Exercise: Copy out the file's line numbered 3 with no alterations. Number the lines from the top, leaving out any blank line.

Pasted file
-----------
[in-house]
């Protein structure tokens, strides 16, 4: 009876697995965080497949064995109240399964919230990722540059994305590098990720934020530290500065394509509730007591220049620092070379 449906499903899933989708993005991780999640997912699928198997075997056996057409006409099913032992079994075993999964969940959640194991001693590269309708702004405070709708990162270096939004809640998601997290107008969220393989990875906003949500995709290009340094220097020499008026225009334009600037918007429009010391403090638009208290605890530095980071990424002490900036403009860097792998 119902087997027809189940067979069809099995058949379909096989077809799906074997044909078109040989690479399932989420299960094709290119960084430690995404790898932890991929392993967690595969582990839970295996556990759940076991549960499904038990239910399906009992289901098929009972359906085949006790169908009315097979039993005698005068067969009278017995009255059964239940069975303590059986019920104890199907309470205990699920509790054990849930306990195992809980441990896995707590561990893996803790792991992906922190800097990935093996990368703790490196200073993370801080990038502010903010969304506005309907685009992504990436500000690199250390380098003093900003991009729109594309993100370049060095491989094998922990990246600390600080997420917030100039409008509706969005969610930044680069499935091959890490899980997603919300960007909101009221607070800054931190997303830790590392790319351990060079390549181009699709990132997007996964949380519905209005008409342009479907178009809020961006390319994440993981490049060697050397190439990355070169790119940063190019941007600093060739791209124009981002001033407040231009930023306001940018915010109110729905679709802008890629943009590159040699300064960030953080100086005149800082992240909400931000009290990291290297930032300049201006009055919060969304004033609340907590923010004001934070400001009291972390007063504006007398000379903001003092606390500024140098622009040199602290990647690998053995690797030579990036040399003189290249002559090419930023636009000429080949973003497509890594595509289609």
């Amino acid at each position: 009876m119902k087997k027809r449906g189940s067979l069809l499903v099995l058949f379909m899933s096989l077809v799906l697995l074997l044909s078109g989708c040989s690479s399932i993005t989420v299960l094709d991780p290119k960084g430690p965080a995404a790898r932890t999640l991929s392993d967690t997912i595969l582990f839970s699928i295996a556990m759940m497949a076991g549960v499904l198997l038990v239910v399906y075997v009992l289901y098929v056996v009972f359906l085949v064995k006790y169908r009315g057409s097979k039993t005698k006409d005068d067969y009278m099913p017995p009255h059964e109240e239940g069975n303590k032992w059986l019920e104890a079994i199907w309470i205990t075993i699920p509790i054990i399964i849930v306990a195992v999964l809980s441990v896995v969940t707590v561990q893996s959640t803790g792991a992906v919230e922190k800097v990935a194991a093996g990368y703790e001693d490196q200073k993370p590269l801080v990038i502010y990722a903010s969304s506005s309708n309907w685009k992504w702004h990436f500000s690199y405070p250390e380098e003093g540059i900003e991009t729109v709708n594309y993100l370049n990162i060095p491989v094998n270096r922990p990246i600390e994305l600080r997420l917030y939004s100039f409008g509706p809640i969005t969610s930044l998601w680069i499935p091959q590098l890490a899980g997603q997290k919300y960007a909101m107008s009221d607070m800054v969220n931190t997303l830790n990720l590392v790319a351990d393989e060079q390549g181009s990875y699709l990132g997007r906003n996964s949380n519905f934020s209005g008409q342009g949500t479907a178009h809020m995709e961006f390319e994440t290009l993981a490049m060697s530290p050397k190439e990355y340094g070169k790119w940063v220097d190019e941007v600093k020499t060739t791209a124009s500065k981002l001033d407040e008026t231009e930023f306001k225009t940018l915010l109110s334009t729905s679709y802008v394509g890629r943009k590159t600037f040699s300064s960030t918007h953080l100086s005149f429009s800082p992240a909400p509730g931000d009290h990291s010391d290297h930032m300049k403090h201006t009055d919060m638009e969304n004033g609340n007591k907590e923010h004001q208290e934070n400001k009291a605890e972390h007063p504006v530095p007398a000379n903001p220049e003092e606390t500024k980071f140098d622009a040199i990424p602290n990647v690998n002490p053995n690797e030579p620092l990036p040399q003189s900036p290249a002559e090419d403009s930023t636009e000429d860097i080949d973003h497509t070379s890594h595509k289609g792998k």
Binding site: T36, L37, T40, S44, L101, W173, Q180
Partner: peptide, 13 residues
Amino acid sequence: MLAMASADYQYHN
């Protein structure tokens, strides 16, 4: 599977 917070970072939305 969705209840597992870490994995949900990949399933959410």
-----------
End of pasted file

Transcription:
């Amino acid at each position: 009876m119902k087997k027809r449906g189940s067979l069809l499903v099995l058949f379909m899933s096989l077809v799906l697995l074997l044909s078109g989708c040989s690479s399932i993005t989420v299960l094709d991780p290119k960084g430690p965080a995404a790898r932890t999640l991929s392993d967690t997912i595969l582990f839970s699928i295996a556990m759940m497949a076991g549960v499904l198997l038990v239910v399906y075997v009992l289901y098929v056996v009972f359906l085949v064995k006790y169908r009315g057409s097979k039993t005698k006409d005068d067969y009278m099913p017995p009255h059964e109240e239940g069975n303590k032992w059986l019920e104890a079994i199907w309470i205990t075993i699920p509790i054990i399964i849930v306990a195992v999964l809980s441990v896995v969940t707590v561990q893996s959640t803790g792991a992906v919230e922190k800097v990935a194991a093996g990368y703790e001693d490196q200073k993370p590269l801080v990038i502010y990722a903010s969304s506005s309708n309907w685009k992504w702004h990436f500000s690199y405070p250390e380098e003093g540059i900003e991009t729109v709708n594309y993100l370049n990162i060095p491989v094998n270096r922990p990246i600390e994305l600080r997420l917030y939004s100039f409008g509706p809640i969005t969610s930044l998601w680069i499935p091959q590098l890490a899980g997603q997290k919300y960007a909101m107008s009221d607070m800054v969220n931190t997303l830790n990720l590392v790319a351990d393989e060079q390549g181009s990875y699709l990132g997007r906003n996964s949380n519905f934020s209005g008409q342009g949500t479907a178009h809020m995709e961006f390319e994440t290009l993981a490049m060697s530290p050397k190439e990355y340094g070169k790119w940063v220097d190019e941007v600093k020499t060739t791209a124009s500065k981002l001033d407040e008026t231009e930023f306001k225009t940018l915010l109110s334009t729905s679709y802008v394509g890629r943009k590159t600037f040699s300064s960030t918007h953080l100086s005149f429009s800082p992240a909400p509730g931000d009290h990291s010391d290297h930032m300049k403090h201006t009055d919060m638009e969304n004033g609340n007591k907590e923010h004001q208290e934070n400001k009291a605890e972390h007063p504006v530095p007398a000379n903001p220049e003092e606390t500024k980071f140098d622009a040199i990424p602290n990647v690998n002490p053995n690797e030579p620092l990036p040399q003189s900036p290249a002559e090419d403009s930023t636009e000429d860097i080949d973003h497509t070379s890594h595509k289609g792998k």